"I heard Khrushchev say that and there was just sort of a sour smile on Gromyko's face when he heard it. He didn't feel like he was in a position to dispute it," says Toon.
Sonnenfeldt remembers Brezhnev needling Gromyko: "We'll send you up in a satellite and we won't let you down until you have an agreement."
In his memoirs, Kissinger wrote, "Gromyko's face would crease in smiles when he was the butt of heavy-handed joshing. Only his eyes remained wary and slightly melancholy, like those of a beagle who has endured the inexplicable foibles of his master yet bent them to his own will."
"The jokes were to show who was boss," says Sonnenfeldt. "But as time went by, these cracks didn't go over too well."
Now Gromyko does the joking.
"He was quite funny. It was the way he did things," says Paul Warnke, the chief U.S. arms negotiator from 1977 to 1978. "He looked like a borscht-belt comic, a lot of funny faces and broad gestures. He thinks of himself as a wit."
"We met for the first time at a reception given by the president for heads of delegations at the United Nations in September 1969," Kissinger wrote. "Gromyko walked up to me and said: 'You look just like Henry Kissinger.' I replied: 'You look just like Richard Nixon.' This took him a few minutes to hoist aboard, especially as his entourage was reluctant to laugh until he had given the signal. By the next year he had absorbed the style.
"During the Moscow summit of 1972 one of our Xerox machines broke down. Knowing the KGB's reputation for Orwellian ubiquity, I asked Gromyko during a meeting in the elegant St. Catharine's Hall in the Kremlin whether he could have some copies made for us if we held certain documents up to the chandelier. Gromyko replied without missing a beat that unfortunately the cameras were installed by the tsars; they were adequate for photographing people but not documents."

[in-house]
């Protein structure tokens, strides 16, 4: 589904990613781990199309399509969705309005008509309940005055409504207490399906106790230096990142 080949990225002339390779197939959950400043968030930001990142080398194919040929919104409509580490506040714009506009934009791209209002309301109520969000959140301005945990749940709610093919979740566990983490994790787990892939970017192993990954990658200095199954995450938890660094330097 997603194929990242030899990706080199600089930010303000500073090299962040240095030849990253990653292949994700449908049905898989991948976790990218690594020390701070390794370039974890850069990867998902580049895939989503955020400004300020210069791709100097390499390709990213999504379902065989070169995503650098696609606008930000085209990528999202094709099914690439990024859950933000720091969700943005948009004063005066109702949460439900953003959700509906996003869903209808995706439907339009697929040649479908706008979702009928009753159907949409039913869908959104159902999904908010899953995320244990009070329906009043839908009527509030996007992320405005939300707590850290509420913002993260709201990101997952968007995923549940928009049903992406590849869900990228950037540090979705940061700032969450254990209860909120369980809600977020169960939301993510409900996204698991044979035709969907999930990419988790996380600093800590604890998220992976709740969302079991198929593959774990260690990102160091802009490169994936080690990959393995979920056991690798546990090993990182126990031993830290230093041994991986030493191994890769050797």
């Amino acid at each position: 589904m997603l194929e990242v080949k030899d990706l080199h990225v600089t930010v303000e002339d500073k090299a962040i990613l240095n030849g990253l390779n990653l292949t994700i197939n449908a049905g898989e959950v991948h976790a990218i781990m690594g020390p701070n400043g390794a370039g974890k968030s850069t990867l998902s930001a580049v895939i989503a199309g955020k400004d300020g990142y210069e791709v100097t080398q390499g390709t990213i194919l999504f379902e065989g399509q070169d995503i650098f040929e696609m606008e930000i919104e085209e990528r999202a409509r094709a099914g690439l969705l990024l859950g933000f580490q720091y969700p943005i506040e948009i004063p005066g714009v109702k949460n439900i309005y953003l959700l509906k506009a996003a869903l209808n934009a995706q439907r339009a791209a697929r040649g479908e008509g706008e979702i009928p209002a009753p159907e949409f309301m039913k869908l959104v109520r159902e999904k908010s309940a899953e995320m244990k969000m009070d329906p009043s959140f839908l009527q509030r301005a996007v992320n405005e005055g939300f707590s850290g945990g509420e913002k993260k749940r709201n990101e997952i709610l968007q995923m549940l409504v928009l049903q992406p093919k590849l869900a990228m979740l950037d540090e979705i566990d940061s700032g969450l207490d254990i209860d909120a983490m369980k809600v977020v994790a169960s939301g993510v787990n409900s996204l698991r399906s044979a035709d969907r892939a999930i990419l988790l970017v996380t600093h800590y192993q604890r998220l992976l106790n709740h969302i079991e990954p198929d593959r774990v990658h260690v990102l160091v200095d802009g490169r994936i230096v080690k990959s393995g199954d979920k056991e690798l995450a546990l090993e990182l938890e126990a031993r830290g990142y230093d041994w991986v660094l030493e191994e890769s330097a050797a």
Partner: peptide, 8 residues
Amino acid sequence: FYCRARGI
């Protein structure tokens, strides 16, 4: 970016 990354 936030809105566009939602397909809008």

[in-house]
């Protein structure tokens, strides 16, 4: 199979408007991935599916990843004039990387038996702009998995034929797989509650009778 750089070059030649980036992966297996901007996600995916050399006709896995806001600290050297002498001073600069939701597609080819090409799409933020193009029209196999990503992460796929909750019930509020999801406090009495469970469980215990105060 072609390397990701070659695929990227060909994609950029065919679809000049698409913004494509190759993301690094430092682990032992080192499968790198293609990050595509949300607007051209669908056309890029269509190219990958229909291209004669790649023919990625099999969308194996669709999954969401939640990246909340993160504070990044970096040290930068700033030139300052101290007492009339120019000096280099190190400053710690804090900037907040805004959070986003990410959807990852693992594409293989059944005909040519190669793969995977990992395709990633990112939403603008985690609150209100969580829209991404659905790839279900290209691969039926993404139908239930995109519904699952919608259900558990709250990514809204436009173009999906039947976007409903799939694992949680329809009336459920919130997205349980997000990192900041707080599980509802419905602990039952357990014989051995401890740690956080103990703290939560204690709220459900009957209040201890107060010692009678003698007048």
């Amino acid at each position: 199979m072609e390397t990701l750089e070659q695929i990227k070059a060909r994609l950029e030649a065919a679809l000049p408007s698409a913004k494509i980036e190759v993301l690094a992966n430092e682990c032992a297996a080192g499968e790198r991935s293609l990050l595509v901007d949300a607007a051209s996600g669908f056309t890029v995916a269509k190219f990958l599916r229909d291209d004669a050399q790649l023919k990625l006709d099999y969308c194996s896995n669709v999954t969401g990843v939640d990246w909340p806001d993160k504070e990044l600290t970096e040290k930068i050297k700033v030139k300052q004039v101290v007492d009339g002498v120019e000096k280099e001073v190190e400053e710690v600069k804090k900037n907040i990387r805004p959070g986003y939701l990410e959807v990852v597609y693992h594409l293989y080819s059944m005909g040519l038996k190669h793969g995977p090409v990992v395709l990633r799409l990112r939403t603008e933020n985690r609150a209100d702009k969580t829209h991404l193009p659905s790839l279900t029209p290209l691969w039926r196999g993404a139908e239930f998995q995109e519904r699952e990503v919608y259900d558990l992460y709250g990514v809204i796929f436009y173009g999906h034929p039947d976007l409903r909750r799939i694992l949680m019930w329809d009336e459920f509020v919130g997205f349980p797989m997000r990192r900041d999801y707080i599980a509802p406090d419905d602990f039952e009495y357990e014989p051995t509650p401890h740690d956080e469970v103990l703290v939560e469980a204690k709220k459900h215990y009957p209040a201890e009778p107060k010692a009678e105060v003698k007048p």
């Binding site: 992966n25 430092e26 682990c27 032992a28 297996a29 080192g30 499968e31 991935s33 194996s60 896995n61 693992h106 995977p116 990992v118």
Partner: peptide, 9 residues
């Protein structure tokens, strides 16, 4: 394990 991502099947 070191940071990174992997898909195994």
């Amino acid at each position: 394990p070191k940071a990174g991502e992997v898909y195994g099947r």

Gromyko was once asked by a westerner about unexpected changes in the Politburo. Gromyko replied, "You know how it is around here -- a bit like the Bermuda Triangle. Every now and then one of us disappears."
Gromyko even makes the gossip columns. He appeared in Liz Smith's column in an issue of the New York Daily News last month, joining show business types and socialites as an object of speculation:
"Maybe Uncle Sam should ask one of his favorite nieces, Dolly Parton, to think about a good-will tour of Russia! I am told Soviet Foreign Minister Andrei Gromyko simply dotes on Dolly and recently dispatched his chauffeur to Sam Goody's on Broadway, where the latter bought two copies of every Parton album in stock."
Gromyko was born July 18, 1909, in Starye Gromyki (Old Gromyki) in the Gomel province of Byelorussia. He once said that 90 percent of the people in the town were named Gromyko. "Grom" means "thunder" in Russian.
Gromyko's parents were peasants, but well-to-do compared with other peasant families in the region. Most people in Starye Gromyki were Byelorussian but the family was part of a sizable Russian minority.